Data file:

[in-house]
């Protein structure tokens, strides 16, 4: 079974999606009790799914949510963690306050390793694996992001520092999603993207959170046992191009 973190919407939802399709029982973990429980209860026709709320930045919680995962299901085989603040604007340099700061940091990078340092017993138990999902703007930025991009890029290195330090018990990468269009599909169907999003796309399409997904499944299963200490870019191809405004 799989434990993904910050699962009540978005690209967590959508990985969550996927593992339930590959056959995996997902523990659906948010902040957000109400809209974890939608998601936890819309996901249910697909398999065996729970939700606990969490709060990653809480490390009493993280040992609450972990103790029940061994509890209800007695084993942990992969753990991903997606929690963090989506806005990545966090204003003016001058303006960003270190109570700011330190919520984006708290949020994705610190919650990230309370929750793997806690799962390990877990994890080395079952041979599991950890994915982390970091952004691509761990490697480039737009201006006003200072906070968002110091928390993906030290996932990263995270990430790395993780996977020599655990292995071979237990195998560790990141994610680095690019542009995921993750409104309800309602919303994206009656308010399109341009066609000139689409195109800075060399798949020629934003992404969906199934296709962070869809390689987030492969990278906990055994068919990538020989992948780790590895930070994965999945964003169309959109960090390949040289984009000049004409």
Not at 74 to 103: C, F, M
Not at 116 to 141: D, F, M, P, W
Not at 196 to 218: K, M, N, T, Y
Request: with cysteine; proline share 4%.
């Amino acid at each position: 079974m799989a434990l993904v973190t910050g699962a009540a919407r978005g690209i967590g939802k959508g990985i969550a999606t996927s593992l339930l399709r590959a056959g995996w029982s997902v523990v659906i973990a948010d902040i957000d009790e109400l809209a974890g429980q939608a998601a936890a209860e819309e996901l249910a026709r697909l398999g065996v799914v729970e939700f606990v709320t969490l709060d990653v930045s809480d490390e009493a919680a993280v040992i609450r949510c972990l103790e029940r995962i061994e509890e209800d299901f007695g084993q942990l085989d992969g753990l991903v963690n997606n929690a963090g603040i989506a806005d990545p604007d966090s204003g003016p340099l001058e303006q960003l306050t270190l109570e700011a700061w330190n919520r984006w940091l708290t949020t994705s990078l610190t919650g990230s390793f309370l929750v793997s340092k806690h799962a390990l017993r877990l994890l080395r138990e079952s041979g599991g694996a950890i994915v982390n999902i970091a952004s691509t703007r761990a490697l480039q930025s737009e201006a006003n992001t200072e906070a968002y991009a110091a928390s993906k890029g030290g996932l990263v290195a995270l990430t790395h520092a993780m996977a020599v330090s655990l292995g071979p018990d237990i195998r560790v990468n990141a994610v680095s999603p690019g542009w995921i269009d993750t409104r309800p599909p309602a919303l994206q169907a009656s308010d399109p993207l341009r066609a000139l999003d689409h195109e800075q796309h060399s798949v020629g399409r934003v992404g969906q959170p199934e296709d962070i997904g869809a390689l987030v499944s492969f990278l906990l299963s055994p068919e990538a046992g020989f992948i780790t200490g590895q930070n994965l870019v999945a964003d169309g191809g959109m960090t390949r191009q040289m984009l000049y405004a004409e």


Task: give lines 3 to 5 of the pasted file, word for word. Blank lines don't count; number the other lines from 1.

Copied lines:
Not at 74 to 103: C, F, M
Not at 116 to 141: D, F, M, P, W
Not at 196 to 218: K, M, N, T, Y